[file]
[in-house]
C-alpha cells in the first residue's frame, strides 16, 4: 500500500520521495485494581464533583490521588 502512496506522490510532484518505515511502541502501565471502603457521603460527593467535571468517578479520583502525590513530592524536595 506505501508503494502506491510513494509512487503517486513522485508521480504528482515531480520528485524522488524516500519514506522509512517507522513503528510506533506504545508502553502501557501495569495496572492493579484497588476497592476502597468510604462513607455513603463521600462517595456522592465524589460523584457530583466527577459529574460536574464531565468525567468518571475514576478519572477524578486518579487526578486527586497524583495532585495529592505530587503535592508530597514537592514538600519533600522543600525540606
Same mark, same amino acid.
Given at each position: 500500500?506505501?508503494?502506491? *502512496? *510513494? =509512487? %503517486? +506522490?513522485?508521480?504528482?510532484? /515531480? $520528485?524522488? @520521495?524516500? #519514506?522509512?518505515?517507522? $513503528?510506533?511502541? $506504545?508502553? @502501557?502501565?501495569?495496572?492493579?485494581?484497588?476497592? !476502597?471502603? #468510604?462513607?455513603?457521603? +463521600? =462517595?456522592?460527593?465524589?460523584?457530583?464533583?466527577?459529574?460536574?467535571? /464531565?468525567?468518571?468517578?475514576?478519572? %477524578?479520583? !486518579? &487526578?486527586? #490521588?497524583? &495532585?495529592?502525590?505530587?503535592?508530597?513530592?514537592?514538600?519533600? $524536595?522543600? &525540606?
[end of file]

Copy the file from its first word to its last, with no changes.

[in-house]
C-alpha cells in the first residue's frame, strides 16, 4: 500500500520521495485494581464533583490521588 502512496506522490510532484518505515511502541502501565471502603457521603460527593467535571468517578479520583502525590513530592524536595 506505501508503494502506491510513494509512487503517486513522485508521480504528482515531480520528485524522488524516500519514506522509512517507522513503528510506533506504545508502553502501557501495569495496572492493579484497588476497592476502597468510604462513607455513603463521600462517595456522592465524589460523584457530583466527577459529574460536574464531565468525567468518571475514576478519572477524578486518579487526578486527586497524583495532585495529592505530587503535592508530597514537592514538600519533600522543600525540606
Same mark, same amino acid.
Given at each position: 500500500?506505501?508503494?502506491? *502512496? *510513494? =509512487? %503517486? +506522490?513522485?508521480?504528482?510532484? /515531480? $520528485?524522488? @520521495?524516500? #519514506?522509512?518505515?517507522? $513503528?510506533?511502541? $506504545?508502553? @502501557?502501565?501495569?495496572?492493579?485494581?484497588?476497592? !476502597?471502603? #468510604?462513607?455513603?457521603? +463521600? =462517595?456522592?460527593?465524589?460523584?457530583?464533583?466527577?459529574?460536574?467535571? /464531565?468525567?468518571?468517578?475514576?478519572? %477524578?479520583? !486518579? &487526578?486527586? #490521588?497524583? &495532585?495529592?502525590?505530587?503535592?508530597?513530592?514537592?514538600?519533600? $524536595?522543600? &525540606?